I am not sure if the reason that Congress extended some of these benefits is because it is an election year but, nevertheless, they will provide a substantial benefit to those facing a short sale, education expenses as well as those wishing to donate to charities from their IRA retirement funds. However, as with any serious financial transaction, I urge you to consult with the appropriate professionals such as your accountant and financial advisors before taking any actions to make sure you are in compliance with all the requirements necessary to qualify for these tax benefits.


Grievous Errors Continue in Foreclosure "Cattle Calls"

Anyone that has been to a foreclosure hearing or trial docket in the last five years or more will understand the obvious implications of those colloquially-termed "cattle call" dockets.  A room filled with attorneys, pro se homeowners, bored (or sometimes absent) bank representatives and court staff pack most courtrooms assigned to the foreclosure cases.  These conditions (and especially the dozens of cases set for the same hearing or trial time) lead to what some would consider an unusual amount of both mistakes and creative interpretations of the law and rules of evidence. A recent case outlines one (hopefully) extreme example of this situation.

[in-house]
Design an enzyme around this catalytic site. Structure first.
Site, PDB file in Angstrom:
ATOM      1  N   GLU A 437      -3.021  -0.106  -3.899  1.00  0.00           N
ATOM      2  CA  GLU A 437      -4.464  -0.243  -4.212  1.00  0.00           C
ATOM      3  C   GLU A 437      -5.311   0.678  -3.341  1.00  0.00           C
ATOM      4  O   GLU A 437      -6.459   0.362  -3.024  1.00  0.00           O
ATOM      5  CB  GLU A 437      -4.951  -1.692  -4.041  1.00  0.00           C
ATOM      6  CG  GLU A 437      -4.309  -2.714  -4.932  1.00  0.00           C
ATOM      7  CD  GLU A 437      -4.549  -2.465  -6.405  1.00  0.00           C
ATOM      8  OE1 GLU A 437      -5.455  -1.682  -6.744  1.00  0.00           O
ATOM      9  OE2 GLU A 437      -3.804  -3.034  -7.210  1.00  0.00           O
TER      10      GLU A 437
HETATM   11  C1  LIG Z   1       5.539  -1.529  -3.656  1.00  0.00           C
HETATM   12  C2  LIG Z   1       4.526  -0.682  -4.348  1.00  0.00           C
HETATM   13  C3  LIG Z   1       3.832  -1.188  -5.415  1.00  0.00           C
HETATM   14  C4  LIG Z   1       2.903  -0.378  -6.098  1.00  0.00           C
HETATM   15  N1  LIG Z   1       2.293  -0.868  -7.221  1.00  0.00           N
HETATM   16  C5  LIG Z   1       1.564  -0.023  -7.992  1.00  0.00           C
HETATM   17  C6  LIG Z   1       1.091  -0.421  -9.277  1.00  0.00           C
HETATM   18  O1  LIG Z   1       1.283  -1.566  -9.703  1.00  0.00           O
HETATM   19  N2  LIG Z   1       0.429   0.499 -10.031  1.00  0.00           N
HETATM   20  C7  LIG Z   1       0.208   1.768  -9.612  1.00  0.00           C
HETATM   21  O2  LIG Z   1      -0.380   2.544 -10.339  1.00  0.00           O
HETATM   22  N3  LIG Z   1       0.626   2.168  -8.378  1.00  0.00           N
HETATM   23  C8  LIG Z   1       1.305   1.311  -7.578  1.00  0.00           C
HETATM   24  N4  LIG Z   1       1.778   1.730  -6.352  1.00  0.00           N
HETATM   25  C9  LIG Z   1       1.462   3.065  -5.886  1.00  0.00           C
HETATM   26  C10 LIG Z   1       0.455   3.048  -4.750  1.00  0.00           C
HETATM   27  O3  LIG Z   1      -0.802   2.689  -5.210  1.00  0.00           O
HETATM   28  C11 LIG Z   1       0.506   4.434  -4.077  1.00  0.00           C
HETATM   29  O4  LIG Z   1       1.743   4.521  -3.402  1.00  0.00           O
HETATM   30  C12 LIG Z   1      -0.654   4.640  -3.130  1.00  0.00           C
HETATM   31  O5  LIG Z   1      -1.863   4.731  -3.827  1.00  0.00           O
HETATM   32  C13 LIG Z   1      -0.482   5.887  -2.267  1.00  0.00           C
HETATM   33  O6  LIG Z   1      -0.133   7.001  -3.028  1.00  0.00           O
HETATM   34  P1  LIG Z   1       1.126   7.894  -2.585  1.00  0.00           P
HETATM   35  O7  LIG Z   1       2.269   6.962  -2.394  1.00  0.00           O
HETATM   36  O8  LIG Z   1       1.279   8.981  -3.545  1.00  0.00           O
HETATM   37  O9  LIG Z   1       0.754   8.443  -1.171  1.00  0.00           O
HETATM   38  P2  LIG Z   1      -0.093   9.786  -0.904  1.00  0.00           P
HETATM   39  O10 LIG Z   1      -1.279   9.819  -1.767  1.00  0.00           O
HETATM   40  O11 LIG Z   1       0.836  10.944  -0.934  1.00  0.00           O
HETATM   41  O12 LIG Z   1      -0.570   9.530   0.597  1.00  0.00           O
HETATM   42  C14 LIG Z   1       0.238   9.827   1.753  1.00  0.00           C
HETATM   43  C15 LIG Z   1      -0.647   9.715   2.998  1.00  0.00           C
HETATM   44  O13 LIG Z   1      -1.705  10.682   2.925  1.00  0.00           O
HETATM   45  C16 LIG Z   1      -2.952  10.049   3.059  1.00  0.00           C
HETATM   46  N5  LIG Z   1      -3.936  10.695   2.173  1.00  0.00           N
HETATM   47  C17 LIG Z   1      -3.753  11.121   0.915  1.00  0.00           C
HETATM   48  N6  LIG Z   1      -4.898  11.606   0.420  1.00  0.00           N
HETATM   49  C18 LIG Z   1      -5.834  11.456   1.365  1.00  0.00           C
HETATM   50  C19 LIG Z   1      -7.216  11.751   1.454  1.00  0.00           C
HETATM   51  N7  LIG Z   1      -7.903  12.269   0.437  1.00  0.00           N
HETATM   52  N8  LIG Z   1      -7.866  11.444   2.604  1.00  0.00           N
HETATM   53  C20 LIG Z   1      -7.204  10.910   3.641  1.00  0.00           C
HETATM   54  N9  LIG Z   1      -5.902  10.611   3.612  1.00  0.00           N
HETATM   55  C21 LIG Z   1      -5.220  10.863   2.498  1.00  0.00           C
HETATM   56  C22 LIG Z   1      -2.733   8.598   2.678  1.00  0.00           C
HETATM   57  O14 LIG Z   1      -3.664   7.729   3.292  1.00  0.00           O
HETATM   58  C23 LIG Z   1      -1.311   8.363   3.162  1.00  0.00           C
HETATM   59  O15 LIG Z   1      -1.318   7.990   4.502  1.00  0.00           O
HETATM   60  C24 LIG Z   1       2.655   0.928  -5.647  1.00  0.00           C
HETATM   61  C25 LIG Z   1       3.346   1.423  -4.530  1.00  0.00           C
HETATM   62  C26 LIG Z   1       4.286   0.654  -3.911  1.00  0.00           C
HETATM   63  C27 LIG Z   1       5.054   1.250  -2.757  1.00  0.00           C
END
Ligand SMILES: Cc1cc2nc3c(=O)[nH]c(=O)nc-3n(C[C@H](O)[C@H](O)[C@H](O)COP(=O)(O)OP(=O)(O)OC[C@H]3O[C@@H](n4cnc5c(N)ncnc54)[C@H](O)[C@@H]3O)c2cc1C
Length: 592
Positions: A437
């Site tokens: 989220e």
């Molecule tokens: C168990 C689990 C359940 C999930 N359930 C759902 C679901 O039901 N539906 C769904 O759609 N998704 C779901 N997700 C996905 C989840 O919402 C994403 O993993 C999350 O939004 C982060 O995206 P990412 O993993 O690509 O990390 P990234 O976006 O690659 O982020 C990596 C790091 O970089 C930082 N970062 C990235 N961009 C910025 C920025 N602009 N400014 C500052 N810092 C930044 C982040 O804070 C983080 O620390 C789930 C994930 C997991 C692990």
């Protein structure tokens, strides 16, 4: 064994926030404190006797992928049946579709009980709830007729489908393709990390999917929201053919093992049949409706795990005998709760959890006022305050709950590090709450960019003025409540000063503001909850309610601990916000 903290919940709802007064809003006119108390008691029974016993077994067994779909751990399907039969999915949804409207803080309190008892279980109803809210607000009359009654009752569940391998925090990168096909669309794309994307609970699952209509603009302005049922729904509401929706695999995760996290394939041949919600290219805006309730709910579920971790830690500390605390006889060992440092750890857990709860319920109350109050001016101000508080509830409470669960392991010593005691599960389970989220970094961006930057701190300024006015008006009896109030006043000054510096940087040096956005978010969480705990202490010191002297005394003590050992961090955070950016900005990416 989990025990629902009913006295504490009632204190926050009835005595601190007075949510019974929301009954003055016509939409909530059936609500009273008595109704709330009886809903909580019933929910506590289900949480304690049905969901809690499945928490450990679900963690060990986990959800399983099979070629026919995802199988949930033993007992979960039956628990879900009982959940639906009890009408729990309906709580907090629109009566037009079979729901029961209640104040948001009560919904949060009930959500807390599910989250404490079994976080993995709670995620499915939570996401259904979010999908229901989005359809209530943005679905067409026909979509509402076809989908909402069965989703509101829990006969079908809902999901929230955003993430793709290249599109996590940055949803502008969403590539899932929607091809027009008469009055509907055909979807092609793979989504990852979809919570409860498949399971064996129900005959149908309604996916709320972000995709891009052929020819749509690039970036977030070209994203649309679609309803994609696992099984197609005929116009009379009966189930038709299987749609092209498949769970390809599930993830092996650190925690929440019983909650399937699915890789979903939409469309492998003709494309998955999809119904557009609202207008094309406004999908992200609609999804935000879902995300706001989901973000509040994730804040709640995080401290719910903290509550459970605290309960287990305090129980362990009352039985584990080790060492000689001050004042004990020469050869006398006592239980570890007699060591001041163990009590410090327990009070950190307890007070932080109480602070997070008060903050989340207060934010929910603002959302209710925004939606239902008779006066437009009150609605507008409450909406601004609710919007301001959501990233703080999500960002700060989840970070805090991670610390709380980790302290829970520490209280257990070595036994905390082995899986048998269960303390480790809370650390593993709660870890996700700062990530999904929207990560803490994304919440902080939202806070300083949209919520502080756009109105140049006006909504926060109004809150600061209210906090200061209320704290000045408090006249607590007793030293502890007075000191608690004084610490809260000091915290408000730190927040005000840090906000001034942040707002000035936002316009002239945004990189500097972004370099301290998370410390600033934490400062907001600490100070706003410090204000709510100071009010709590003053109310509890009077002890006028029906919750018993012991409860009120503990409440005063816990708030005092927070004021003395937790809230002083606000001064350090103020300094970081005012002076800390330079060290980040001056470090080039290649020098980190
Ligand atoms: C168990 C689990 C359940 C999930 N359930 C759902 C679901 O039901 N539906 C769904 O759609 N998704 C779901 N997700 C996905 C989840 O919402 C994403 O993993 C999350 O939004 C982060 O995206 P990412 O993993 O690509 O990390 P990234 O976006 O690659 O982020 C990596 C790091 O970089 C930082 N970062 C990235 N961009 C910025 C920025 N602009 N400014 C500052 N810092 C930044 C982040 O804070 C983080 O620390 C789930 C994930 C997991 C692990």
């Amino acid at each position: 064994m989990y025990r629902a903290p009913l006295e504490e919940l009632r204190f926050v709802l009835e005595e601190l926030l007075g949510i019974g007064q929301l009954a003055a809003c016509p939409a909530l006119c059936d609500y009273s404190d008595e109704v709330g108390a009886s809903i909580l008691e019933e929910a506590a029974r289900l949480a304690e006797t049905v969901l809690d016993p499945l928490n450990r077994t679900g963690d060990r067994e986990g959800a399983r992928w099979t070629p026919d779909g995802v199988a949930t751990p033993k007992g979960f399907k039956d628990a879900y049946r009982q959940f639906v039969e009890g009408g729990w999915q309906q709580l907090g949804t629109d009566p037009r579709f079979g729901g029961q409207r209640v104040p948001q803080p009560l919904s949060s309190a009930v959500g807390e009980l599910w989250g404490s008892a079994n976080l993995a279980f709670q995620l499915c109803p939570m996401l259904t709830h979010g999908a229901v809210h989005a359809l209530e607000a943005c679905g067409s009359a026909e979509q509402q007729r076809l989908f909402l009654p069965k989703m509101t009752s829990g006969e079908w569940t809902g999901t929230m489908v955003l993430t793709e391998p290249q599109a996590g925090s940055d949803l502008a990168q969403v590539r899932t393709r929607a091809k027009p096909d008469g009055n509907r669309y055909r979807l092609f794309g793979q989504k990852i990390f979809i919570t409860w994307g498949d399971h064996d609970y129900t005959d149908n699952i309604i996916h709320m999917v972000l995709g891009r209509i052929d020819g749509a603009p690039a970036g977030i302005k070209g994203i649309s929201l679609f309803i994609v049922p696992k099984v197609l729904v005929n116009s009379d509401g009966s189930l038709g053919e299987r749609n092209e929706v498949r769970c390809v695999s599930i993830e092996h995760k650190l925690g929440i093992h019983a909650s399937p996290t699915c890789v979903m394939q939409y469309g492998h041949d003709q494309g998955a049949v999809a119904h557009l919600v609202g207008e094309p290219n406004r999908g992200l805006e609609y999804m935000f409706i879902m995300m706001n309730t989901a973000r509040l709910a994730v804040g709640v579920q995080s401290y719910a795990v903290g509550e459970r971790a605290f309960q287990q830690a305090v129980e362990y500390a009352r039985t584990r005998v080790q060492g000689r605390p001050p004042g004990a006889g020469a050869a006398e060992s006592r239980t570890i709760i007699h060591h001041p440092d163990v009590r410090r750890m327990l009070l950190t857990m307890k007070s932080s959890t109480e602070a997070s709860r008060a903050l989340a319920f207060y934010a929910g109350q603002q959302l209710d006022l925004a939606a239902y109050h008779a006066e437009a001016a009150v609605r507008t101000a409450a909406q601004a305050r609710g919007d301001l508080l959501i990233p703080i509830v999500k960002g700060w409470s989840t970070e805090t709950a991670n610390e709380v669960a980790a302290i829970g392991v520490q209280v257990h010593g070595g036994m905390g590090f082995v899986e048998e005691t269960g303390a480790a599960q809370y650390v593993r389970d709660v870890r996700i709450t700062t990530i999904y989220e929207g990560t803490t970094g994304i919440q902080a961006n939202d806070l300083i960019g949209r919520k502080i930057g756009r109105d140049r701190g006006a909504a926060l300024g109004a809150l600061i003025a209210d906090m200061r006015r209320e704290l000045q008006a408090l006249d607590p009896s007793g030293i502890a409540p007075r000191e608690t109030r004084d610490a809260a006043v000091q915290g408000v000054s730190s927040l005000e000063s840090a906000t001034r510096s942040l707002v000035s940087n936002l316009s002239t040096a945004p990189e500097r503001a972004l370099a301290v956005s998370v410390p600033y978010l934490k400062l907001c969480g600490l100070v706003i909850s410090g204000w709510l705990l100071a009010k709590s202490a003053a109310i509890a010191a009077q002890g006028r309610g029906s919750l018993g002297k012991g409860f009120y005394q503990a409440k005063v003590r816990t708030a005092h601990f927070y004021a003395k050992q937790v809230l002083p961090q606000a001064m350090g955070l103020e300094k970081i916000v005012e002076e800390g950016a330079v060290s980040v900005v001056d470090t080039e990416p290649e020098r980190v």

In a Fourth District case, the homeowners were forced to appeal in order to overturn a judgment rendered almost entirely upon the testimony of a loan analyst that not only did not work for the then-current lender (and, seemingly never had worked for them), but also never worked for the predecessor lender and learned the information she testified to at trial by searching through Google on the internet. Sosa v. Bank of N.Y. Mellon, 187 So. 3d 943, 944 (Fla. 4th DCA 2016)  It bears repeating that the witness's testimony somehow avoided being stricken despite having virtually zero foundation whatsoever other than the witness essentially having heard of the lenders and looked them up on the web.  Thankfully, the appellate court prevented an egregious miscarriage of justice in this case, but the fact that a judgment was entered on these facts is frightening.